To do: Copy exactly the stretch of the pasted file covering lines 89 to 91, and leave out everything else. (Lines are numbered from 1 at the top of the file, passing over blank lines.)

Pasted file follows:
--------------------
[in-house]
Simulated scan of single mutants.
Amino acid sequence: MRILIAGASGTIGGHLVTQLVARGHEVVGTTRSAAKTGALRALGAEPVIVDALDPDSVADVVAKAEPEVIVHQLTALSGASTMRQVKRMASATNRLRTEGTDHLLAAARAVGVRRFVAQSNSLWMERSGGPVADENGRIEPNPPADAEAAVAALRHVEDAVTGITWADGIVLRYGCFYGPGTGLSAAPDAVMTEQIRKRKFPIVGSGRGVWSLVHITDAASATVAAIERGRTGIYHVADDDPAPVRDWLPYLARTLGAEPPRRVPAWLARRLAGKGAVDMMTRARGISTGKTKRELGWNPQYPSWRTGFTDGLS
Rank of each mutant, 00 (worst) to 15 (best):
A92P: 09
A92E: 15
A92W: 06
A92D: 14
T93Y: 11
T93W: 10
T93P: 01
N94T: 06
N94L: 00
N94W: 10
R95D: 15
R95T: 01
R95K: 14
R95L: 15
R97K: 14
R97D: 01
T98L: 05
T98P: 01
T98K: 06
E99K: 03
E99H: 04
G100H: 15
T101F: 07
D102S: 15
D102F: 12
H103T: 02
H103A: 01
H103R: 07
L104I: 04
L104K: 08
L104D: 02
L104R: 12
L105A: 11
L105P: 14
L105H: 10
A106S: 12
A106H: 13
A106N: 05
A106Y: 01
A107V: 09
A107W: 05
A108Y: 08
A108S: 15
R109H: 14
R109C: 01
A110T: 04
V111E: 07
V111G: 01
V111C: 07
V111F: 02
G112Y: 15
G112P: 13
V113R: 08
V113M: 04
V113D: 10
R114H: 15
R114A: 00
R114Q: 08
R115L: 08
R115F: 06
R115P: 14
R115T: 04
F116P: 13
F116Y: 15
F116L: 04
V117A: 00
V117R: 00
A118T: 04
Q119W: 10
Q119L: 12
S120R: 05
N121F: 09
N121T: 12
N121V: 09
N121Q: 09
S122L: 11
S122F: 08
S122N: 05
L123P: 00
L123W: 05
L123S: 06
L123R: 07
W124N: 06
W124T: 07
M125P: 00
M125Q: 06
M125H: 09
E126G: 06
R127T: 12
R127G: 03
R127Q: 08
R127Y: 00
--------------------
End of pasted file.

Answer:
M125P: 00
M125Q: 06
M125H: 09